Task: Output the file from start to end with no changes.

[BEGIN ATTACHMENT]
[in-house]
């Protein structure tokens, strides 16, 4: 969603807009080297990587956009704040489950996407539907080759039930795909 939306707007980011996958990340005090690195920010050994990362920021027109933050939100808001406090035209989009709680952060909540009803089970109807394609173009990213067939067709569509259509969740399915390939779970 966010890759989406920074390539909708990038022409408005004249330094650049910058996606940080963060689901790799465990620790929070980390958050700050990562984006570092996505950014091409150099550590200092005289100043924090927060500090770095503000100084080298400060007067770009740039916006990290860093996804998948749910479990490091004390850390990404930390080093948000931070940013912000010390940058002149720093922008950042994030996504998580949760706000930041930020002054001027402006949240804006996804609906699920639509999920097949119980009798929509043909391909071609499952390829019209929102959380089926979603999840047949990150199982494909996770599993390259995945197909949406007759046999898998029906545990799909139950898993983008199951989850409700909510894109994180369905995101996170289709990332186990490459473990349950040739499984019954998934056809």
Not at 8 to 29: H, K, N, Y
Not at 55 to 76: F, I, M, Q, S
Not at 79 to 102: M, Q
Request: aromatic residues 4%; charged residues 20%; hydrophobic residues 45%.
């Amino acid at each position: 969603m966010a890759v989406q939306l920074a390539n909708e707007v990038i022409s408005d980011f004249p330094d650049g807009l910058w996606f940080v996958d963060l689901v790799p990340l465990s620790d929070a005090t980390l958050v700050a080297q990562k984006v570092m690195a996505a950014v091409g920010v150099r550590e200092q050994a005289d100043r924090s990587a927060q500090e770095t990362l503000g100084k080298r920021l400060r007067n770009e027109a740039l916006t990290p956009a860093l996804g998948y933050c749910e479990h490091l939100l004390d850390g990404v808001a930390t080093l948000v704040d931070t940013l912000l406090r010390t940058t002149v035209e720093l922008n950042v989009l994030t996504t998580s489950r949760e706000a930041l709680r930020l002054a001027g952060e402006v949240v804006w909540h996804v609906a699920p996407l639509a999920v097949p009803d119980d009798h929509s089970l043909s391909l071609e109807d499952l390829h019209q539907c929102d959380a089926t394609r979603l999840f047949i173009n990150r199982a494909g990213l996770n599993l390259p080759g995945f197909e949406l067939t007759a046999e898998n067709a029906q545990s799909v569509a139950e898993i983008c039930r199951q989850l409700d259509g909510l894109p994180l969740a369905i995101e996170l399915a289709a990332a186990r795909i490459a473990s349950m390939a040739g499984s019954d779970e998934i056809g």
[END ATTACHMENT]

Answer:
[in-house]
């Protein structure tokens, strides 16, 4: 969603807009080297990587956009704040489950996407539907080759039930795909 939306707007980011996958990340005090690195920010050994990362920021027109933050939100808001406090035209989009709680952060909540009803089970109807394609173009990213067939067709569509259509969740399915390939779970 966010890759989406920074390539909708990038022409408005004249330094650049910058996606940080963060689901790799465990620790929070980390958050700050990562984006570092996505950014091409150099550590200092005289100043924090927060500090770095503000100084080298400060007067770009740039916006990290860093996804998948749910479990490091004390850390990404930390080093948000931070940013912000010390940058002149720093922008950042994030996504998580949760706000930041930020002054001027402006949240804006996804609906699920639509999920097949119980009798929509043909391909071609499952390829019209929102959380089926979603999840047949990150199982494909996770599993390259995945197909949406007759046999898998029906545990799909139950898993983008199951989850409700909510894109994180369905995101996170289709990332186990490459473990349950040739499984019954998934056809």
Not at 8 to 29: H, K, N, Y
Not at 55 to 76: F, I, M, Q, S
Not at 79 to 102: M, Q
Request: aromatic residues 4%; charged residues 20%; hydrophobic residues 45%.
């Amino acid at each position: 969603m966010a890759v989406q939306l920074a390539n909708e707007v990038i022409s408005d980011f004249p330094d650049g807009l910058w996606f940080v996958d963060l689901v790799p990340l465990s620790d929070a005090t980390l958050v700050a080297q990562k984006v570092m690195a996505a950014v091409g920010v150099r550590e200092q050994a005289d100043r924090s990587a927060q500090e770095t990362l503000g100084k080298r920021l400060r007067n770009e027109a740039l916006t990290p956009a860093l996804g998948y933050c749910e479990h490091l939100l004390d850390g990404v808001a930390t080093l948000v704040d931070t940013l912000l406090r010390t940058t002149v035209e720093l922008n950042v989009l994030t996504t998580s489950r949760e706000a930041l709680r930020l002054a001027g952060e402006v949240v804006w909540h996804v609906a699920p996407l639509a999920v097949p009803d119980d009798h929509s089970l043909s391909l071609e109807d499952l390829h019209q539907c929102d959380a089926t394609r979603l999840f047949i173009n990150r199982a494909g990213l996770n599993l390259p080759g995945f197909e949406l067939t007759a046999e898998n067709a029906q545990s799909v569509a139950e898993i983008c039930r199951q989850l409700d259509g909510l894109p994180l969740a369905i995101e996170l399915a289709a990332a186990r795909i490459a473990s349950m390939a040739g499984s019954d779970e998934i056809g």